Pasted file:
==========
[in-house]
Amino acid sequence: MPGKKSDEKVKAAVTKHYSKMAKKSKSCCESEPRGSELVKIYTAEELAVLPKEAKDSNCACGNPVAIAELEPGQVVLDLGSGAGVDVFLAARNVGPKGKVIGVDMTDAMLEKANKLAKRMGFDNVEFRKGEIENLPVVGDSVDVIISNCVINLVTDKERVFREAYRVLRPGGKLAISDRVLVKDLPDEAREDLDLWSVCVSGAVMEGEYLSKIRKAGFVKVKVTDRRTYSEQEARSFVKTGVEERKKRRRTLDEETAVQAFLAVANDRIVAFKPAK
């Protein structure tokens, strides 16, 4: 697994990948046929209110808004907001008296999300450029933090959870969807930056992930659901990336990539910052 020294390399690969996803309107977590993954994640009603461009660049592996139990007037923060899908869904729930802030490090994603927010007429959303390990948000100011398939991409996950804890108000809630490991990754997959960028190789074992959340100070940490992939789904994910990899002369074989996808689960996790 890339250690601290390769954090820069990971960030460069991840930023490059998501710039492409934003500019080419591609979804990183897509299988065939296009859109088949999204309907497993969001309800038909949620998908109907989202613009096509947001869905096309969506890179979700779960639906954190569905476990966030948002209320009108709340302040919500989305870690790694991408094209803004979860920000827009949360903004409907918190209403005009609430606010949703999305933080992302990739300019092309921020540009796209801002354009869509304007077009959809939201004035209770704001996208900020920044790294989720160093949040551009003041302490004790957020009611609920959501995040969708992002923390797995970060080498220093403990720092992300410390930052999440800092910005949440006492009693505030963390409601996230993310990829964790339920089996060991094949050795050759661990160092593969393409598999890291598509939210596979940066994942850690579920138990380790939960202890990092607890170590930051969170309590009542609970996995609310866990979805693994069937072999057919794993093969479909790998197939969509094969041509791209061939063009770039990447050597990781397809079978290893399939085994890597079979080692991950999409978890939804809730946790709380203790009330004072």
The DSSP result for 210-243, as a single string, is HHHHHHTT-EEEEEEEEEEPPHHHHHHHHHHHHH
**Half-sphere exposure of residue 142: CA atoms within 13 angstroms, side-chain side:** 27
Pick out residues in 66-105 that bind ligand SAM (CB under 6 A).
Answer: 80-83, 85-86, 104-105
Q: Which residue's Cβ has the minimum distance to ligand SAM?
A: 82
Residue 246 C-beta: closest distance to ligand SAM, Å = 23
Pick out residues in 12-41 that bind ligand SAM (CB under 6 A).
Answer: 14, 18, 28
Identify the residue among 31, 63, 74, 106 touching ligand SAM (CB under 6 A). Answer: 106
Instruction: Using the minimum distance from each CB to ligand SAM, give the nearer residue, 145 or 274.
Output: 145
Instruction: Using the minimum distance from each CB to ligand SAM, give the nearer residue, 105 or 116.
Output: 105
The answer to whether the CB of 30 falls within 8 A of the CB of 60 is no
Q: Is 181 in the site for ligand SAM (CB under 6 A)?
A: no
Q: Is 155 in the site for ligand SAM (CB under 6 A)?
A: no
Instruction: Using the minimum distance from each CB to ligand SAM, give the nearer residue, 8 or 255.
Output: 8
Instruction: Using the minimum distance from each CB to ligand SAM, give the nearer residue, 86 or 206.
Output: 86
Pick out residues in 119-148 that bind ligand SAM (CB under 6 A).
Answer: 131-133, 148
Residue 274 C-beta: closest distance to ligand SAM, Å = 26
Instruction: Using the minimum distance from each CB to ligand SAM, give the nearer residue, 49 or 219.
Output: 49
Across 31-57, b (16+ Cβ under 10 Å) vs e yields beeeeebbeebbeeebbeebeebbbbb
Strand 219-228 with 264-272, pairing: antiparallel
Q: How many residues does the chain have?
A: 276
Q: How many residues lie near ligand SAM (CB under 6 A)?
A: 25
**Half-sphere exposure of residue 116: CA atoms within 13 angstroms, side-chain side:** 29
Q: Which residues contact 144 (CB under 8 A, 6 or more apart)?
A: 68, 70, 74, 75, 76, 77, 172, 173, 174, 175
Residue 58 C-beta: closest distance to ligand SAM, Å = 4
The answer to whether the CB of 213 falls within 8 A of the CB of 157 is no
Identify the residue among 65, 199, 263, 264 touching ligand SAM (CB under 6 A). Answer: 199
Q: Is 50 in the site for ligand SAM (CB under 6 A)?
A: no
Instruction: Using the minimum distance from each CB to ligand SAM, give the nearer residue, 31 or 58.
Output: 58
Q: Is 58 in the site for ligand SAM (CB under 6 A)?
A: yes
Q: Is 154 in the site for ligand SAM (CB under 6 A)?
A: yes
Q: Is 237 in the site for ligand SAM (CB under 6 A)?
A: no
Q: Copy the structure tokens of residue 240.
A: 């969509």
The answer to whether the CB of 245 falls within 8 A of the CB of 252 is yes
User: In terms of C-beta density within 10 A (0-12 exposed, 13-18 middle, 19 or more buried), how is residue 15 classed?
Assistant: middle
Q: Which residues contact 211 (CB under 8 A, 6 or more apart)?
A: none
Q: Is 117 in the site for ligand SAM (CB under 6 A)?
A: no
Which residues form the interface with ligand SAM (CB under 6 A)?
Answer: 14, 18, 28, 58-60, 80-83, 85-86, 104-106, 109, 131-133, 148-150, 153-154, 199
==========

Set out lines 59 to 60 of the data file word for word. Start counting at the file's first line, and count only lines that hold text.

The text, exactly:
Q: Which residues contact 211 (CB under 8 A, 6 or more apart)?
A: none